Ball milling is a grinding technique that uses media to effectively break down pigment agglomerates and aggregates to their primary particles. Using a rotor or disc impeller to create collisions of the grinding media, the impact and force created by the bead mills collisions break down the pigment agglomerates. The media can consist of either stainless steel, glass, or ceramic materials. The higher the bead hardness or density, the greater the collision force. The ball-milling process uses a higher concentration of grinding media to mill base in which the chambers are designed to maximize the energy transfer.
When a particle size has to be reduced below 10 microns, bead milling is the technique to use. However, if the material has a very low viscosity, ball milling is a better dispersing process than using a high shear mixing (vertical) system.
Currently, the VMA-Getzmann company offers three product lines for bead milling. They can be dedicated stand-alone systems or accessories that can be added to the high-speed vertical disperser models. Depending upon the model, sample quantities can be as low as 20 ml or up to 20,000 ml.
Our Dispermat SL model line is the current horizontal bead mill system. Milling chamber sizes can start at 50 ml to save on raw material costs. The beads are separated from the mill base by a dynamic gap system. The standard gap uses 1.0 mm diameter grinding media; an optional gap is available to use beads down to 0.3 mm diameter. The Dispermat SL can be selected to run as a single pass or as a recirculation configuration.
One of the unique features is an independent pumping system to feed the mill base into the milling chamber. Instead of the speed of the milling rotor controlling the sample volume the operator can control the volume, through the mixing system pump that fits on top of the milling chamber. Separating the rotor speed from the sample feed system provides more control over the milling process.
Basket bead milling is a relatively new design for ball milling applications. The grinding media is contained in a cylinder (basket), and the mill base is circulated through the basket. The VMA-Getzmann basket mill consists of a stainless-steel cylinder with an opening at the top and a sieve filter on the bottom. The standard diameter size of the grinding media is 1.0 mm. however, it can be ordered to use 0.3 mm bead size.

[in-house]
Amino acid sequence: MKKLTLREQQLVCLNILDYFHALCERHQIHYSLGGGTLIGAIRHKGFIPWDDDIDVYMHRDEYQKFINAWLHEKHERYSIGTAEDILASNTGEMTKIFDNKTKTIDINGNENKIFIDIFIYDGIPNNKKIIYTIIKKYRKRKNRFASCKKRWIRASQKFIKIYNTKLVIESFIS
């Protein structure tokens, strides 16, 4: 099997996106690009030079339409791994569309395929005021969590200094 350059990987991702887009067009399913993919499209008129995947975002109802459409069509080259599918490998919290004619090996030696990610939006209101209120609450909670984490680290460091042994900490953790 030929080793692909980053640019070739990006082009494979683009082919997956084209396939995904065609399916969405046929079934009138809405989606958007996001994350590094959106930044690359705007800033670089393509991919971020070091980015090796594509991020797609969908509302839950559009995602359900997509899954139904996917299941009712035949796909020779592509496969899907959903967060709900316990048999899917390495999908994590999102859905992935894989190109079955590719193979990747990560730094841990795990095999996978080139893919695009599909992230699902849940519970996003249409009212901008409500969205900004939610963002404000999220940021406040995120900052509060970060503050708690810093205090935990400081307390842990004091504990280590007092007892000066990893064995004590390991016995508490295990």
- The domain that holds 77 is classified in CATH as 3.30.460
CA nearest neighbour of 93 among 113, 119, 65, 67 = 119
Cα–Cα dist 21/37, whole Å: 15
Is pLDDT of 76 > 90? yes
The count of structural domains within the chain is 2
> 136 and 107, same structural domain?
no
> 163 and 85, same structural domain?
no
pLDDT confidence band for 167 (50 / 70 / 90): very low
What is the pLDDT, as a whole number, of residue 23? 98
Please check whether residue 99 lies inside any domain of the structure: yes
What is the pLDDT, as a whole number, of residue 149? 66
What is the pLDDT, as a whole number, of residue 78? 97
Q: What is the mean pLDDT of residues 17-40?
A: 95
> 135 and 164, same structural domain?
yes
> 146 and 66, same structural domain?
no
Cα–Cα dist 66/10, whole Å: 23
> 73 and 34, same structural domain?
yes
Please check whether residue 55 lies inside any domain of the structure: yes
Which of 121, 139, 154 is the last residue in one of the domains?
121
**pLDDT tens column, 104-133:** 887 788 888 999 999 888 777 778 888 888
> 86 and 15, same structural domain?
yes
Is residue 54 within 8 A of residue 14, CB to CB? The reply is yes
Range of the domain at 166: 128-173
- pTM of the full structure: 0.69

Since the Getzmann basket mill is attached to aHigh-Speed Dispersermodel, those with an adapter allow the user to switch between the basket mill system and a motor shaft for high-shear dispersing easily.
Attached to the bottom of the basket is a cowles blade that rotates at high speed. The purpose of the cowles blade is to circulate the mill base to ensure all materials enter the basket mill. When you have created the desired particle size, the basket mill is then raised out of the sample container, while the grinding media stays in the basket.
The third system for ball milling applications is the APS (air pressure system). The APS is attached to a high shear disperser. It consists of a sample containerwith a sieve filter at the bottom, a stand to elevate the sample container, along with a sealing system around the motor shaft, and a container lid. The mill base and grinding media is mixed 50/50 in the container. Adisk impeller or pearl mill impelleris immersed into the mixture and rotated from 500 to 5000 RPMs depending on the desired particle size. After the dispersion is completed the stop cock that covers the sieve filter is removed, the lid is clamped tight over the vessel. The lid has an air connection; the air is applied to force the sample through the sieve filter separating the mill base from the grinding media. Aside from the ability to produce small quantities of less than 25 milliliters, another advantage of the APS system is their ease of cleaning.
Investigation of a dry fine grinding circuit has shown significant influence of the mill load (powder filling) on the production capacity. To improve the circuit performance at industrial scale, alternative ways of mill load measurement were investigated. Detection of strain changes in the mill shell during mill rotation, by using a piezoelectric strain transducer, provided very interesting results, allowing evaluation of the weight of the mill charge and control of the powder filling to obtain an optimal level. Power draw has thus been increased by about 5% compared to the old configuration where mill motor power input was used to control the mill charge. By measuring mechanical vibration with the transducer, additional useful information has been obtained about the behavior of the cataracting and cascading balls inside the mill shell. Finally an important factor was simplicity and low investment cost of the total installation, as many fine grinding mills operate in relatively small circuits that do not warrant large investment for alternative measurement methods.Get in Touch with Mechanic